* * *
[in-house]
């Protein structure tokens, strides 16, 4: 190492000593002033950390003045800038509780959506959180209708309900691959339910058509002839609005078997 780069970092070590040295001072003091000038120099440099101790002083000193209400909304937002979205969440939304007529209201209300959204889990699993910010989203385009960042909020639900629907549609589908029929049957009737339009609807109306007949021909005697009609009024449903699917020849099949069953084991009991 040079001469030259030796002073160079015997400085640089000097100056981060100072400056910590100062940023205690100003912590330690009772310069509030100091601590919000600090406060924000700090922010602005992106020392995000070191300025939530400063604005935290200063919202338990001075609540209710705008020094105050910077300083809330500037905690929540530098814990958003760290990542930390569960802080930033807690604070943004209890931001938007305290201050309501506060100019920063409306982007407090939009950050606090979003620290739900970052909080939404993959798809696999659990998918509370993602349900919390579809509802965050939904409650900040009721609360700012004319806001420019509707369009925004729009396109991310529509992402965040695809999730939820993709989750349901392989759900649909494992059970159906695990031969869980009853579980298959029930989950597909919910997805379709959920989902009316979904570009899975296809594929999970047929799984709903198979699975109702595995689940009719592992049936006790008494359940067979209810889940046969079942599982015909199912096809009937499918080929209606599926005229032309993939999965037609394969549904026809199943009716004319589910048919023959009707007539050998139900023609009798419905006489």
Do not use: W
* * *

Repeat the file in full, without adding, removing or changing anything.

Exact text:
[in-house]
């Protein structure tokens, strides 16, 4: 190492000593002033950390003045800038509780959506959180209708309900691959339910058509002839609005078997 780069970092070590040295001072003091000038120099440099101790002083000193209400909304937002979205969440939304007529209201209300959204889990699993910010989203385009960042909020639900629907549609589908029929049957009737339009609807109306007949021909005697009609009024449903699917020849099949069953084991009991 040079001469030259030796002073160079015997400085640089000097100056981060100072400056910590100062940023205690100003912590330690009772310069509030100091601590919000600090406060924000700090922010602005992106020392995000070191300025939530400063604005935290200063919202338990001075609540209710705008020094105050910077300083809330500037905690929540530098814990958003760290990542930390569960802080930033807690604070943004209890931001938007305290201050309501506060100019920063409306982007407090939009950050606090979003620290739900970052909080939404993959798809696999659990998918509370993602349900919390579809509802965050939904409650900040009721609360700012004319806001420019509707369009925004729009396109991310529509992402965040695809999730939820993709989750349901392989759900649909494992059970159906695990031969869980009853579980298959029930989950597909919910997805379709959920989902009316979904570009899975296809594929999970047929799984709903198979699975109702595995689940009719592992049936006790008494359940067979209810889940046969079942599982015909199912096809009937499918080929209606599926005229032309993939999965037609394969549904026809199943009716004319589910048919023959009707007539050998139900023609009798419905006489």
Do not use: W